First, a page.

You want to apply for a credit card without hurting your credit score but aren’t sure if it’s possible. The reality is that anytime you formally apply, the lender will do a hard credit pull or inquiry that could ding your credit score by a few points. However, you may be able to get preapproved first to view your approval odds, so you’ll know if it’s sensible to apply or move on to other options.
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What is a Preapproved Credit Card Offer?
A preapproved credit card offer is generated when you visit the credit card issuer’s website, input a few key details, and they screen your credit profile.
Preapproved vs. Prequalified Credit Card Offers
Although the terms are often used interchangeably, there’s a difference between preapproved and prequalified credit card offers. Unlike preapproved credit card offers, prequalified offers result from creditors reviewing your financial and credit history and predicting that you have a solid chance of qualifying if you apply. Still, there are not as strong as preapprovals since the credit card company hasn’t yet pulled your credit profile.
Do Preapproved Credit Card Offers Hurt Your Credit?
No. Credit card companies only conduct a soft credit pull or inquiry that doesn’t impact your credit score when determining if you’re preapproved. But if you decide to move forward with the application process, a hard inquiry can slightly drop your credit score, but the effect lessens over time.
How to Get Preapproved for a Credit Card
You can spend hours browsing the web for credit cards that may work for you, but there’s an easier way to get preapproved. Consider using Experian CreditMatch, an online tool that lets you view personalized credit card and loan offers without hurting your credit score.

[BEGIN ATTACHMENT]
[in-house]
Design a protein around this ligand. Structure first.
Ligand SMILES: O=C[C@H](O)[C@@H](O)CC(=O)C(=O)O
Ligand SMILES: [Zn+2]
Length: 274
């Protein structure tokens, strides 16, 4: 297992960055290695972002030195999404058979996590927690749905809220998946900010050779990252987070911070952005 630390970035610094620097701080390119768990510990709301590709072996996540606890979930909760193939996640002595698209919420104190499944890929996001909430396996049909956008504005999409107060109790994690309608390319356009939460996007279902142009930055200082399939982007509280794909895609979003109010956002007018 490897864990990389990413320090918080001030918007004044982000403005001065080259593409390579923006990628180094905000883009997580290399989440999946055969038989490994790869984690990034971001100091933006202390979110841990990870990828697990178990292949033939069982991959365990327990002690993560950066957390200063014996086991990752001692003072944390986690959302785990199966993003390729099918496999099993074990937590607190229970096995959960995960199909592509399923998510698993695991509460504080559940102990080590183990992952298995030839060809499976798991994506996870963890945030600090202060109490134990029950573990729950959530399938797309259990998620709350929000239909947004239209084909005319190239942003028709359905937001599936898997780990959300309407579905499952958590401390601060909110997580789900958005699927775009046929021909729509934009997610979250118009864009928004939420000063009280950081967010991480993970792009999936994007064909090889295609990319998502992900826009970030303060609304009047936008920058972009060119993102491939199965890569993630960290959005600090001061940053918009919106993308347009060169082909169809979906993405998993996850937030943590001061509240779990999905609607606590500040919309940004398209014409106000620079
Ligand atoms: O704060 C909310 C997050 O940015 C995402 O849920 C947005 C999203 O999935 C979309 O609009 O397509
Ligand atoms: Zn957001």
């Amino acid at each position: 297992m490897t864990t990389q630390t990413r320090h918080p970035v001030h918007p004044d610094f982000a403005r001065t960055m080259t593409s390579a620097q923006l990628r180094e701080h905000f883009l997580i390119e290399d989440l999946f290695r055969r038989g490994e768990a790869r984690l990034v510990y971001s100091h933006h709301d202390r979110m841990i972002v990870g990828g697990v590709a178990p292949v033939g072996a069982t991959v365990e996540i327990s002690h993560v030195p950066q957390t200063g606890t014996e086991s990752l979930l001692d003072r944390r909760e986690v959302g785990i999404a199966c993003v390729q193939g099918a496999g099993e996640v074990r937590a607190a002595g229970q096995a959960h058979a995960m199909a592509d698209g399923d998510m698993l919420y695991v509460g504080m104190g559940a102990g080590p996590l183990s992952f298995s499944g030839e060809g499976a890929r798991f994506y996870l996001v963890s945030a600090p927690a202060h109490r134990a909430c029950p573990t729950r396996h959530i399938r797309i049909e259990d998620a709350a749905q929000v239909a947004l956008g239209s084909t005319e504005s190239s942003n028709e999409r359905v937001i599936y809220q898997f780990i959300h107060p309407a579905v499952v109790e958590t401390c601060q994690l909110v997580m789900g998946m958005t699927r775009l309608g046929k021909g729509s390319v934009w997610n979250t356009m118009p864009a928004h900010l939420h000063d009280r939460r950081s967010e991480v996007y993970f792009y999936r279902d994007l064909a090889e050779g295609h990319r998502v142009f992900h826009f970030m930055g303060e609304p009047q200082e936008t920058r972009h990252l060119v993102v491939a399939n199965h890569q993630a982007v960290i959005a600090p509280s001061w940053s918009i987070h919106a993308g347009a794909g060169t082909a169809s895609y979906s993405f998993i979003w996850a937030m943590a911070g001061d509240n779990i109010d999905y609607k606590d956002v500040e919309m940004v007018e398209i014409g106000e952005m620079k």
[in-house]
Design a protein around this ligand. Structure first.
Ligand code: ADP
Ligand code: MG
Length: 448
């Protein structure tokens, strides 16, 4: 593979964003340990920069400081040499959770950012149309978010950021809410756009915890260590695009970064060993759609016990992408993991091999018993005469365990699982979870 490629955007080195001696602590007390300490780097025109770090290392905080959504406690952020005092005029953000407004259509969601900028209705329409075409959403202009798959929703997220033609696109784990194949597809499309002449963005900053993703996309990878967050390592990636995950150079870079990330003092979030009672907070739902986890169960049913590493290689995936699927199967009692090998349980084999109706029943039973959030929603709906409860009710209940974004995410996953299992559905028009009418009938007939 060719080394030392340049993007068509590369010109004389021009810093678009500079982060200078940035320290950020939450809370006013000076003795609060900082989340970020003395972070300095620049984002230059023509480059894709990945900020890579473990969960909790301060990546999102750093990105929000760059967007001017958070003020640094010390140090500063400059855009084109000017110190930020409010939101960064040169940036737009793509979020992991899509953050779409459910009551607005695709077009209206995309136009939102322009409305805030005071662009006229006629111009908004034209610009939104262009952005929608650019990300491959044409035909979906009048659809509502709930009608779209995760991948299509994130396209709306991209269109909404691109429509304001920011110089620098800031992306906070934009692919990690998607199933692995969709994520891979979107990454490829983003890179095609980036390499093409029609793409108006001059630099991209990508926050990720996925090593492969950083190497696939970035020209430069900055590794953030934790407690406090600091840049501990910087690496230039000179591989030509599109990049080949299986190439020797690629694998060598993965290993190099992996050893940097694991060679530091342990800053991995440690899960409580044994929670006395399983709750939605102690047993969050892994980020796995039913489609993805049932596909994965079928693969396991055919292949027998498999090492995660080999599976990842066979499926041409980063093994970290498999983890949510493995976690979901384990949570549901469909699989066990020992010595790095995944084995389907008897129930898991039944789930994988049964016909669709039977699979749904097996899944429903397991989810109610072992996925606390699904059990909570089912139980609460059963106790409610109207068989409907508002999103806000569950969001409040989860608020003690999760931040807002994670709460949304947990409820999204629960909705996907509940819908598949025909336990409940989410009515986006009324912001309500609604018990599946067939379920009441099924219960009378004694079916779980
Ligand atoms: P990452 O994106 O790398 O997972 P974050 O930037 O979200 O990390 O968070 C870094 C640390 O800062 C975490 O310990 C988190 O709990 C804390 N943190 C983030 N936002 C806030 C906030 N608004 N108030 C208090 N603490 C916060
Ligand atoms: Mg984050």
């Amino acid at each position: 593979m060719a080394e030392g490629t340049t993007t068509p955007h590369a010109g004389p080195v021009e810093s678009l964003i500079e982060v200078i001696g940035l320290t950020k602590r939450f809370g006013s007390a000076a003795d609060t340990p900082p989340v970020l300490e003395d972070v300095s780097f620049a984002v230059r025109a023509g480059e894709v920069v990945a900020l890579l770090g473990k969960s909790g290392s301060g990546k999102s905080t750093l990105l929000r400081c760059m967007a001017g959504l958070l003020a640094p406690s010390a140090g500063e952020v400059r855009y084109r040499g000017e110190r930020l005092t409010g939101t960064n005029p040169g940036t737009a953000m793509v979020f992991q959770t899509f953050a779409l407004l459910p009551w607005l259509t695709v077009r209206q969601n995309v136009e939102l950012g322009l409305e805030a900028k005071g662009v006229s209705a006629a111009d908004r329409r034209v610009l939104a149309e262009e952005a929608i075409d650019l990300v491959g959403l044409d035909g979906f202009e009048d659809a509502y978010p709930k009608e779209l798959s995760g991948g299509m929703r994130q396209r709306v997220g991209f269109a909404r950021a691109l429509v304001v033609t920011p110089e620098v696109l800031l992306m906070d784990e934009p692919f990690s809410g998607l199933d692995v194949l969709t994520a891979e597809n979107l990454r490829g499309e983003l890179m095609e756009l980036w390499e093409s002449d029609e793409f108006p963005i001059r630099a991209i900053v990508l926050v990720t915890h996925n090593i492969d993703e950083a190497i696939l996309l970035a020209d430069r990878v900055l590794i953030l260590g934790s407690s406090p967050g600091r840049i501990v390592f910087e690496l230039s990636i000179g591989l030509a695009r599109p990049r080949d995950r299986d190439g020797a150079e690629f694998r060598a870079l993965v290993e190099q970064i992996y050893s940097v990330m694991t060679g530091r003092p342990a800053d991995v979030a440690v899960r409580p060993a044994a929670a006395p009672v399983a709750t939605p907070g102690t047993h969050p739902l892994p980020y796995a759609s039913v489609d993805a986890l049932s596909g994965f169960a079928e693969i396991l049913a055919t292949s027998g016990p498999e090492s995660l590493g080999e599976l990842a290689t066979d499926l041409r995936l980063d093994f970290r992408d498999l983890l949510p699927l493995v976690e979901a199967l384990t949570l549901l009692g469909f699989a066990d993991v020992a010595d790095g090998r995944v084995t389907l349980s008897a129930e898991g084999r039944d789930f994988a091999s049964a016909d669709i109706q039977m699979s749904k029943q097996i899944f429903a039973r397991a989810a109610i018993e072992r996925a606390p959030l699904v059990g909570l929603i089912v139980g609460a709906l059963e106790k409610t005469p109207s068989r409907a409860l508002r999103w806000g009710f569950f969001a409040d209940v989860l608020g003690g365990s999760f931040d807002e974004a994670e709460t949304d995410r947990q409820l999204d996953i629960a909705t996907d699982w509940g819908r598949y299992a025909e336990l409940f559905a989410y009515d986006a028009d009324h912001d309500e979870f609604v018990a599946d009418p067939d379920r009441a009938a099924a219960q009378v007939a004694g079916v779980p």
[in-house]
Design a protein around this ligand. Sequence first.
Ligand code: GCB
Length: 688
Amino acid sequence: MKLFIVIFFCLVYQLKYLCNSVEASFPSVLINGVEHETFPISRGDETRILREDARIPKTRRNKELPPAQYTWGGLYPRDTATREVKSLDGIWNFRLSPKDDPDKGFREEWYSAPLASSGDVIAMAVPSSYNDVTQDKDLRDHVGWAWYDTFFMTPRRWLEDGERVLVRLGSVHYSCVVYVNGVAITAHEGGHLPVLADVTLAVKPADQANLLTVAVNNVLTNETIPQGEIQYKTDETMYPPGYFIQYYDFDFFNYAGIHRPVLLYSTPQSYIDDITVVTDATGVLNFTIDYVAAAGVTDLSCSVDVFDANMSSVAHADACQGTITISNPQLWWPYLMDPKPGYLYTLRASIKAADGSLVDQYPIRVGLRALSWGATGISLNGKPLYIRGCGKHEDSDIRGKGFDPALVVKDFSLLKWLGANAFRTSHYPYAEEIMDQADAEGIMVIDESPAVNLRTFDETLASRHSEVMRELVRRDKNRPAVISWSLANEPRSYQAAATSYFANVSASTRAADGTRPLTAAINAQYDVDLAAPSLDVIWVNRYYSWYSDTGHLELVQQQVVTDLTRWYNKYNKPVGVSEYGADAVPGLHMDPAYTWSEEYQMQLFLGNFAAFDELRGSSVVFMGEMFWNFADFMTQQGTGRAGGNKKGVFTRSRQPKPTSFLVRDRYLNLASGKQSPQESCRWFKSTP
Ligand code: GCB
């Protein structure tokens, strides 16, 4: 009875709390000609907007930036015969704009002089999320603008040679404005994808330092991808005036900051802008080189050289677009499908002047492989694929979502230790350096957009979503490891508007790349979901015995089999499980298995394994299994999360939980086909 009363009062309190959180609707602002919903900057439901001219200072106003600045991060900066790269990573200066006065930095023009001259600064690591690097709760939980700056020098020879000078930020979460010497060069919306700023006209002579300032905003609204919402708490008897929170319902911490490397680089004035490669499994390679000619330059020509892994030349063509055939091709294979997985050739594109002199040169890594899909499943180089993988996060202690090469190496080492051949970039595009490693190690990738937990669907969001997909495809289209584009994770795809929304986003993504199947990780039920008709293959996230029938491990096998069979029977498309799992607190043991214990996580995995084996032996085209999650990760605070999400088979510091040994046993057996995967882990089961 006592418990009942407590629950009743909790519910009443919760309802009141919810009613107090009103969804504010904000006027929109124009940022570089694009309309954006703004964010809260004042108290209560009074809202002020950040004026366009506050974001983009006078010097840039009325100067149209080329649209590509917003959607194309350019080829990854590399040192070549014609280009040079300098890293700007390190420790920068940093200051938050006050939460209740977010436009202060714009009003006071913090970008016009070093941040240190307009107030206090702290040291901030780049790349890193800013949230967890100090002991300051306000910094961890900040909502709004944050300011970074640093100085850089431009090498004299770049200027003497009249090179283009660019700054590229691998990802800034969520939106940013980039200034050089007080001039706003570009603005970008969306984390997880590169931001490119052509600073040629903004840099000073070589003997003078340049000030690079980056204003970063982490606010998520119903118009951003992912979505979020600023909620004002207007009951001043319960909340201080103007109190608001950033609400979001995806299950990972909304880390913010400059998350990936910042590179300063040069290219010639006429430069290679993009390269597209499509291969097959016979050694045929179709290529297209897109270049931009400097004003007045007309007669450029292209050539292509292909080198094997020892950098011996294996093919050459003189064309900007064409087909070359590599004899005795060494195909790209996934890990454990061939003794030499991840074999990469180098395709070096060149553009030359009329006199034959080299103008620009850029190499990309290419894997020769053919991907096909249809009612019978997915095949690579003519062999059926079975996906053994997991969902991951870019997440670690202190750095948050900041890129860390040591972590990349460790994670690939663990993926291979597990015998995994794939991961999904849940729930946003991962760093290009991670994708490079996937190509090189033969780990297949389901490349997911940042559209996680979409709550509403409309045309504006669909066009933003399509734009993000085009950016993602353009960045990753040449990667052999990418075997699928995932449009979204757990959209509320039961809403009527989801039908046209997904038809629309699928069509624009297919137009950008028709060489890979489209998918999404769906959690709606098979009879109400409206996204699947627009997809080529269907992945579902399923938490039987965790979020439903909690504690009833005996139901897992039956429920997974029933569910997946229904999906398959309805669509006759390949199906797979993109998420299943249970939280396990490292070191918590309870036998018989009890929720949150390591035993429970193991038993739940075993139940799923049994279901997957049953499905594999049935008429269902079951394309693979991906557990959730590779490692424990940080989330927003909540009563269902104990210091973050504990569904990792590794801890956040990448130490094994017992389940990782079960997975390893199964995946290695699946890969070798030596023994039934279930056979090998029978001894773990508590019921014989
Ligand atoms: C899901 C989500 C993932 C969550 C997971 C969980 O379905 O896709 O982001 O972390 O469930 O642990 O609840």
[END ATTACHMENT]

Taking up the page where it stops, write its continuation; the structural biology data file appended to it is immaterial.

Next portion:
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Improve Your Credit Score to Get Better Offers
You can also work towards improving your credit score to make your profile more attractive to creditors and lenders. There are several ways to do this, including:
- Making timely payments on all your accounts.
- Bringing any past-due accounts current.
- Keeping the utilization on your credit card accounts at or below 30 percent – 10 percent is even more ideal.
- Maintaining a healthy mix of revolving and installment credit.
- Refraining from closing old credit accounts.
- Only applying for new credit as needed.
If you signed up for a free Experian account, it also includes an assortment of tools and resources to help you keep tabs on and improve your credit health. As a part of the free membership, you’ll get free credit monitoring, monthly Experian credit report and score updates, credit score tracking and FICO Score alerts.
You can also take advantage of Experian Boost to potentially raise your FICO score for free. Here’s how it works:
- Step 1: Sign up for a free Experian account.
- Step 2: Link the bank account that you primarily use to pay bills.
- Step 3: Select the eligible accounts with positive payment history that you want Experian to include in your credit profile.
- Step 4: Boost your credit score and view your results right away.
If you haven’t yet already done so, sign up for a free Experian account today. It’s fast and simple, and you aren’t required to put a credit card on file. Or you can access your free report and score if you’d prefer not to register for an account.